Market developments have introduced competition into several network industries, including telecoms, energy, and posts. Combined with the introduction of ex ante regulatory remedies, competition has in some sectors resulted in extensive price reduction and substantial increases in demand. Considerable capital investment in capacity and infrastructure has often been required where this has occurred.

Competition has had many positive effects for providers and consumers, but over time it has changed market structures from simple to complex and increasingly fluid and dynamic. Governments, authorities, corporations, investors, and law firms rely on rigorous economic analysis to inform decisions or address challenges. However, it is increasingly necessary also to review the underlying assumptions and market models, many of which may no longer be appropriate. Such reviews may result in revisions to the regulatory toolkits and remedies used by regulators. Examples of change include the very different levels of risk providers face now, compared to when liberalization commenced.

Economic regulation is in many cases intended to mimic the constraints of competition in non-competitive markets, but achieving that is complex. Regulatory decisions and remedies seek to protect consumers and reduce barriers to competition, but in doing so they can make or break businesses and potentially reduce returns on substantial and often risky capital investments.

As a provider in a regulated industry, understanding the potential impact of regulatory interventions is critical. Informing decisions appropriately requires detailed economic, technical, and commercial analysis. Communicating a company’s views and analyses clearly and concisely to stakeholders and to regulators is vital to the interests of the business. The complexity of highly technical analyses and multiple messages from other interested parties, however, can make this hard to achieve.

As a regulator, rapidly changing technologies and consumer preferences, changing economic conditions, and often a shortage of information make it increasingly difficult to perform the necessary detailed analyses to support decision of whether and how to regulate.

Berkeley Research Group’s regulatory experts offer deep expertise in a wide range of disciplines, combined with hands-on sector experience, to ensure the optimal application of technical analyses for prevailing market conditions and the goals to be achieved. Further, our experts and in-house communications specialists have extensive experience addressing stakeholder relationships and communicating complex messages clearly and concisely.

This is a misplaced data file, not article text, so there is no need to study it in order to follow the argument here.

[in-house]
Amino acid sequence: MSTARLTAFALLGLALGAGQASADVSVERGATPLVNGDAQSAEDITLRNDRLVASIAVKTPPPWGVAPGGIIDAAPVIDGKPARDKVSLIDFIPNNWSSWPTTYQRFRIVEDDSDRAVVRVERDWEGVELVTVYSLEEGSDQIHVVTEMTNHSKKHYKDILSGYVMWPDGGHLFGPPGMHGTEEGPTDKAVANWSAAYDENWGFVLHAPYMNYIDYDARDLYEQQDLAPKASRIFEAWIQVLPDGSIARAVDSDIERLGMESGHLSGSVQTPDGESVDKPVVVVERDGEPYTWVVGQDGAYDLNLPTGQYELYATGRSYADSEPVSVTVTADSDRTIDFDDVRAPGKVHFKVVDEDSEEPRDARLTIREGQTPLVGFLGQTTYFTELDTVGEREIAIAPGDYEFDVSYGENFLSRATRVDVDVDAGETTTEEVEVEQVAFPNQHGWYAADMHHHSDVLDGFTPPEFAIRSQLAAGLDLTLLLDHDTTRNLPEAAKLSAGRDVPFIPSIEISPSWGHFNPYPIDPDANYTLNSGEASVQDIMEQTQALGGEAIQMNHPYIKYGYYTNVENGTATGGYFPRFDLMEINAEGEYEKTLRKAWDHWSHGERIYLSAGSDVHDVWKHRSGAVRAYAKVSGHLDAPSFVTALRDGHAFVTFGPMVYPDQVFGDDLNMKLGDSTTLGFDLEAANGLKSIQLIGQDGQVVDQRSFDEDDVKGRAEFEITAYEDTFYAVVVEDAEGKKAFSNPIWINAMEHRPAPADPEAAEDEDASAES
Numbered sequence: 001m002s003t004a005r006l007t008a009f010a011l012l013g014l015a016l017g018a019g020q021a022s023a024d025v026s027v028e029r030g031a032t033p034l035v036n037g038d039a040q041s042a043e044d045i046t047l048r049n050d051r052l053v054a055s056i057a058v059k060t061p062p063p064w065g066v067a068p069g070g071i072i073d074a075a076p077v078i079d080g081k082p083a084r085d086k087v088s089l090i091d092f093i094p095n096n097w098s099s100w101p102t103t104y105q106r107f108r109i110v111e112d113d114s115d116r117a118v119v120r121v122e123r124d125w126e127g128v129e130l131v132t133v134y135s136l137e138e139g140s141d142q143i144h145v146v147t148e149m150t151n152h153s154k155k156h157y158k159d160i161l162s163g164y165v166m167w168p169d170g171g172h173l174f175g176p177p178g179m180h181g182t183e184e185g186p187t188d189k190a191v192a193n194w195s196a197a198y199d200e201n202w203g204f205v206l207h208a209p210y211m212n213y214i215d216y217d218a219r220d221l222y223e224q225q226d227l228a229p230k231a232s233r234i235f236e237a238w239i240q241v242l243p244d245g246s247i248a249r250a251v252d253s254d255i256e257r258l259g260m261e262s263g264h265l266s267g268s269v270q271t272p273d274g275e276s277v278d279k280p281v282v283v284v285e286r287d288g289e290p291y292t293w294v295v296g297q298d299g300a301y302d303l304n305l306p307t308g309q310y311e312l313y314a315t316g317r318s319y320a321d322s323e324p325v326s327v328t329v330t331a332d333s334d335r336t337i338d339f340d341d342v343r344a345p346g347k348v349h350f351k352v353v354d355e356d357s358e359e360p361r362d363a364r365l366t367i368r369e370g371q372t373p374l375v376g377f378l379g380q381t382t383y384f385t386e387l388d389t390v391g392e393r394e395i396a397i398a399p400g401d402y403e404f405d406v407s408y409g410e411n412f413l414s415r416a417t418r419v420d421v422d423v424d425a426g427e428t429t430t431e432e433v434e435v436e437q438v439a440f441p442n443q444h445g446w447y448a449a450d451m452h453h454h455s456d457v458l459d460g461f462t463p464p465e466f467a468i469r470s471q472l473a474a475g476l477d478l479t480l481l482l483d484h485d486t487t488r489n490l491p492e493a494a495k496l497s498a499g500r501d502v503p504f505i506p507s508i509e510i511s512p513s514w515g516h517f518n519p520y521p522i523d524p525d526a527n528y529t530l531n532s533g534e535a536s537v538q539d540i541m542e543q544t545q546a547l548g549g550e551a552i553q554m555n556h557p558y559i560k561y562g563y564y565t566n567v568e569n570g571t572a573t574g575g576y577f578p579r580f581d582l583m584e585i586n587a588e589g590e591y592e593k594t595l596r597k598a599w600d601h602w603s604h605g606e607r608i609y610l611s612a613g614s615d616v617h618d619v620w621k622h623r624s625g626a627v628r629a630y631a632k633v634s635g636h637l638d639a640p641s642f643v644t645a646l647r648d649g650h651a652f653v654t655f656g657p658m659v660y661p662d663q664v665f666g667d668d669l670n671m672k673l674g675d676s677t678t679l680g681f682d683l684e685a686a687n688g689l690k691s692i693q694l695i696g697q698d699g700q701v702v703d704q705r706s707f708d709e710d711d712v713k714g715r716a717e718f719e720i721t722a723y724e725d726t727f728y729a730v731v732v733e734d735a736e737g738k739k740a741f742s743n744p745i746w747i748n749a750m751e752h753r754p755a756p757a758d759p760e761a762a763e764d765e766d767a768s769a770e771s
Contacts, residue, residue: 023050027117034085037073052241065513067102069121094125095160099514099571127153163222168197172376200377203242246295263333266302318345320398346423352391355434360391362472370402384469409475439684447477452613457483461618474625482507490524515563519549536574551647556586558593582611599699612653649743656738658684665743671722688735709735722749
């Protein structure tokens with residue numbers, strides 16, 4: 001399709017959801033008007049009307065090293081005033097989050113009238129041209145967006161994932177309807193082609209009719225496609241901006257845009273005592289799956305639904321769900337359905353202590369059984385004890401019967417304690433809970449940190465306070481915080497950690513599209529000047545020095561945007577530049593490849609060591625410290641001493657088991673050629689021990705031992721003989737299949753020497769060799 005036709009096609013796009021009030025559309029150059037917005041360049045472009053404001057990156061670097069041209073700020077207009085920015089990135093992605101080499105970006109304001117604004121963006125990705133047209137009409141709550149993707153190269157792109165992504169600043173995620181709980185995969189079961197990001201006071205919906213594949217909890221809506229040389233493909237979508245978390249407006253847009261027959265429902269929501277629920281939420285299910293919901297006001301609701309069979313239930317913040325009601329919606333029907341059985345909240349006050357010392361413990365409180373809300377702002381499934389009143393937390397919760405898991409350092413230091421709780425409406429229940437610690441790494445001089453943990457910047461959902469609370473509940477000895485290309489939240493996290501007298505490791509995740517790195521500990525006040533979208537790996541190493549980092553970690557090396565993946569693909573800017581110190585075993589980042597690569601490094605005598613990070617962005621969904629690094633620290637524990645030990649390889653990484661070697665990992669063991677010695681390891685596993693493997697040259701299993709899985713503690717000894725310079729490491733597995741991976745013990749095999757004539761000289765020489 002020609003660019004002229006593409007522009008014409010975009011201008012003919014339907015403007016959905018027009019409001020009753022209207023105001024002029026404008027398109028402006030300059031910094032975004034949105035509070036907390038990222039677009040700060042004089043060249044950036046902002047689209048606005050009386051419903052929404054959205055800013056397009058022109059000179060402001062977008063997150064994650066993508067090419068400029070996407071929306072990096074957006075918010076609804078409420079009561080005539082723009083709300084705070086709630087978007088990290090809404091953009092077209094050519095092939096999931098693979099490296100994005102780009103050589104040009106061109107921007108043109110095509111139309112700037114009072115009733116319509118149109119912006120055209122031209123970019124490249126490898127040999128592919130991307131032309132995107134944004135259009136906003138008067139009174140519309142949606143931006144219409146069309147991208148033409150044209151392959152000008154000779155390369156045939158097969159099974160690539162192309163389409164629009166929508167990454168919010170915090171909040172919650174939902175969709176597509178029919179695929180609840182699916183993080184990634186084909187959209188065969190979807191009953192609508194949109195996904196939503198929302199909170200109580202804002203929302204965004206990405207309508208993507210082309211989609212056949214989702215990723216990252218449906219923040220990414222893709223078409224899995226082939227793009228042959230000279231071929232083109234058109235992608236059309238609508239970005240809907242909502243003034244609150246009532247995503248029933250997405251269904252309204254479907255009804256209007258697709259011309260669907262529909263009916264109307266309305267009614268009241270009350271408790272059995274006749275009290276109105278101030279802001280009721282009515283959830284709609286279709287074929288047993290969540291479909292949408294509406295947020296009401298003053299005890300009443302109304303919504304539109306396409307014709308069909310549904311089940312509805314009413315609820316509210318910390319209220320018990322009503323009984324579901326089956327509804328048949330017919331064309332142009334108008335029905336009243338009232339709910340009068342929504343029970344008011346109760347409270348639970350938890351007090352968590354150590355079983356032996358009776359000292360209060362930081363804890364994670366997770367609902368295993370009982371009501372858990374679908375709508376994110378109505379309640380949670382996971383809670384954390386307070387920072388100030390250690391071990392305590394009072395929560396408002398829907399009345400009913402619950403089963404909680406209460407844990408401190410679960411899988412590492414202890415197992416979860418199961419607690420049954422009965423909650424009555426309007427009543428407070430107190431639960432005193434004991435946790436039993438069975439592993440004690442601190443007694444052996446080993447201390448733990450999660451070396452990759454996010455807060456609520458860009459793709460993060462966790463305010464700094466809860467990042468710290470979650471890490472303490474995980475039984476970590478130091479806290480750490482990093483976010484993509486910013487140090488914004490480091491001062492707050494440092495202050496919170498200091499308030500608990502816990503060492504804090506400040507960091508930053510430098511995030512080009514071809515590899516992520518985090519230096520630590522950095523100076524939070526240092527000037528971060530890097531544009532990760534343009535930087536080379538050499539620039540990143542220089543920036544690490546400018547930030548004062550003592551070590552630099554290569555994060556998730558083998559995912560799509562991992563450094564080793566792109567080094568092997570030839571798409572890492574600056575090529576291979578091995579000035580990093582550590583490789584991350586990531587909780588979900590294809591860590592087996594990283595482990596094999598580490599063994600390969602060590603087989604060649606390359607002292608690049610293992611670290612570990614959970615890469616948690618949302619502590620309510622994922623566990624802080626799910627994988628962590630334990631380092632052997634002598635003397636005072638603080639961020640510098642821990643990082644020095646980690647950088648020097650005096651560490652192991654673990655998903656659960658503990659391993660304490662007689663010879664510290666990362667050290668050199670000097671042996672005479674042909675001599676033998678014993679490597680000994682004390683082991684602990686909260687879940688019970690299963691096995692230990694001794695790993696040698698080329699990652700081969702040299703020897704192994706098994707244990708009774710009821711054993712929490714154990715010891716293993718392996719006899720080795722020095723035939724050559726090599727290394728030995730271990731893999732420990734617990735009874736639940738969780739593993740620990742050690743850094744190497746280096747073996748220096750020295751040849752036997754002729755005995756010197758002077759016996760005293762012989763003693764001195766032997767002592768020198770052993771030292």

When conflicts and disputes arise—between providers, between providers and regulators, or with competition authorities—our experts provide independent analyses and opinions, bringing knowledge and experience from economic regulation across several sectors and different regulatory models practiced worldwide.

What We Do

BRG offers expertise to regulators, regulated firms, investors, and other stakeholders in performing detailed economic and technical analyses related to the following areas, among others:

  • Market definition and dominance analyses
  • Cost modeling
  • Cost-benefit analyses
  • Incentive scheme design
  • Non-discrimination remedy design
  • Technical analysis
  • Interconnection and access definitions
  • Spectrum allocation optimization and pricing
  • Retail and wholesale price setting
  • Compliance and market condition monitoring
  • Modeling of systemic risks
  • Regulation of the labor market


Related Contacts

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Colm Gibson

Managing Director


William G. Hamm

Managing Director

Washington, DC

Henry Kahwaty

Managing Director

Washington, DC

Dante Quaglione

Managing Director


David J. Teece

Executive Chairman

San Francisco Bay Area

Our industry knowledge is broad and deep.

BRG combines intellectual rigor with practical, real-world experience. We have an in-depth understanding of industries and markets, with expertise spanning the major sectors of the global economy. Following are some of the many sectors that we know inside and out.